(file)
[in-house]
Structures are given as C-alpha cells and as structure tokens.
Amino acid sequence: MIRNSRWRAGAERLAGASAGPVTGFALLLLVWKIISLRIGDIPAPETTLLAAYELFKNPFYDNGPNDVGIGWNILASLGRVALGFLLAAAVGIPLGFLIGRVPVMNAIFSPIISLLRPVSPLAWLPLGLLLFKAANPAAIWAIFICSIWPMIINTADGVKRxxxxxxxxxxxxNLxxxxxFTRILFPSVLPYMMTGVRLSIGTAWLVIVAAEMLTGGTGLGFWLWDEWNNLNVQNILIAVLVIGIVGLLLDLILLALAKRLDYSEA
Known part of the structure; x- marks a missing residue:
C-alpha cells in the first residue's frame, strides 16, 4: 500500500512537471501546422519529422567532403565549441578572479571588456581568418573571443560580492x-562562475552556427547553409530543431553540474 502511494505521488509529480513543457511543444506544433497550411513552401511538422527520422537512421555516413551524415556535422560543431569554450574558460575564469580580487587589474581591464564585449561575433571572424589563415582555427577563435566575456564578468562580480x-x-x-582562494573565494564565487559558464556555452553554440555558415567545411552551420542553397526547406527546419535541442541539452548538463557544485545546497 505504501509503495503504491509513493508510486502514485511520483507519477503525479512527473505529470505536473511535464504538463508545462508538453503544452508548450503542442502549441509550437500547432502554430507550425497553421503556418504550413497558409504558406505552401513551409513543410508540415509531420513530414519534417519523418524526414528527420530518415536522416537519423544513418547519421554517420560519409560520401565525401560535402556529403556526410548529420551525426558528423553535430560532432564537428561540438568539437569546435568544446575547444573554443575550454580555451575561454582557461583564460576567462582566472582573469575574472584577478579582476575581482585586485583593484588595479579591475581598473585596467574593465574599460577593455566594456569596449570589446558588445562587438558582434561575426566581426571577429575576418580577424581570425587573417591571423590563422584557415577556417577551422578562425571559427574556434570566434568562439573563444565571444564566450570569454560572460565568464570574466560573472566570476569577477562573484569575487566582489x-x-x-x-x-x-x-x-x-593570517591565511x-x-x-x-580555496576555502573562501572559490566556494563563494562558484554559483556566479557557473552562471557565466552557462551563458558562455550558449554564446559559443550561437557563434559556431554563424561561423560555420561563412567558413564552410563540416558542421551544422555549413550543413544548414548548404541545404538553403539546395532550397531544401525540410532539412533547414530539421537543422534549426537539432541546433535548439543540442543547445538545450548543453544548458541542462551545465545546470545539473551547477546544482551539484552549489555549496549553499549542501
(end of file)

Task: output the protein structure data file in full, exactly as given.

[in-house]
Structures are given as C-alpha cells and as structure tokens.
Amino acid sequence: MIRNSRWRAGAERLAGASAGPVTGFALLLLVWKIISLRIGDIPAPETTLLAAYELFKNPFYDNGPNDVGIGWNILASLGRVALGFLLAAAVGIPLGFLIGRVPVMNAIFSPIISLLRPVSPLAWLPLGLLLFKAANPAAIWAIFICSIWPMIINTADGVKRxxxxxxxxxxxxNLxxxxxFTRILFPSVLPYMMTGVRLSIGTAWLVIVAAEMLTGGTGLGFWLWDEWNNLNVQNILIAVLVIGIVGLLLDLILLALAKRLDYSEA
Known part of the structure; x- marks a missing residue:
C-alpha cells in the first residue's frame, strides 16, 4: 500500500512537471501546422519529422567532403565549441578572479571588456581568418573571443560580492x-562562475552556427547553409530543431553540474 502511494505521488509529480513543457511543444506544433497550411513552401511538422527520422537512421555516413551524415556535422560543431569554450574558460575564469580580487587589474581591464564585449561575433571572424589563415582555427577563435566575456564578468562580480x-x-x-582562494573565494564565487559558464556555452553554440555558415567545411552551420542553397526547406527546419535541442541539452548538463557544485545546497 505504501509503495503504491509513493508510486502514485511520483507519477503525479512527473505529470505536473511535464504538463508545462508538453503544452508548450503542442502549441509550437500547432502554430507550425497553421503556418504550413497558409504558406505552401513551409513543410508540415509531420513530414519534417519523418524526414528527420530518415536522416537519423544513418547519421554517420560519409560520401565525401560535402556529403556526410548529420551525426558528423553535430560532432564537428561540438568539437569546435568544446575547444573554443575550454580555451575561454582557461583564460576567462582566472582573469575574472584577478579582476575581482585586485583593484588595479579591475581598473585596467574593465574599460577593455566594456569596449570589446558588445562587438558582434561575426566581426571577429575576418580577424581570425587573417591571423590563422584557415577556417577551422578562425571559427574556434570566434568562439573563444565571444564566450570569454560572460565568464570574466560573472566570476569577477562573484569575487566582489x-x-x-x-x-x-x-x-x-593570517591565511x-x-x-x-580555496576555502573562501572559490566556494563563494562558484554559483556566479557557473552562471557565466552557462551563458558562455550558449554564446559559443550561437557563434559556431554563424561561423560555420561563412567558413564552410563540416558542421551544422555549413550543413544548414548548404541545404538553403539546395532550397531544401525540410532539412533547414530539421537543422534549426537539432541546433535548439543540442543547445538545450548543453544548458541542462551545465545546470545539473551547477546544482551539484552549489555549496549553499549542501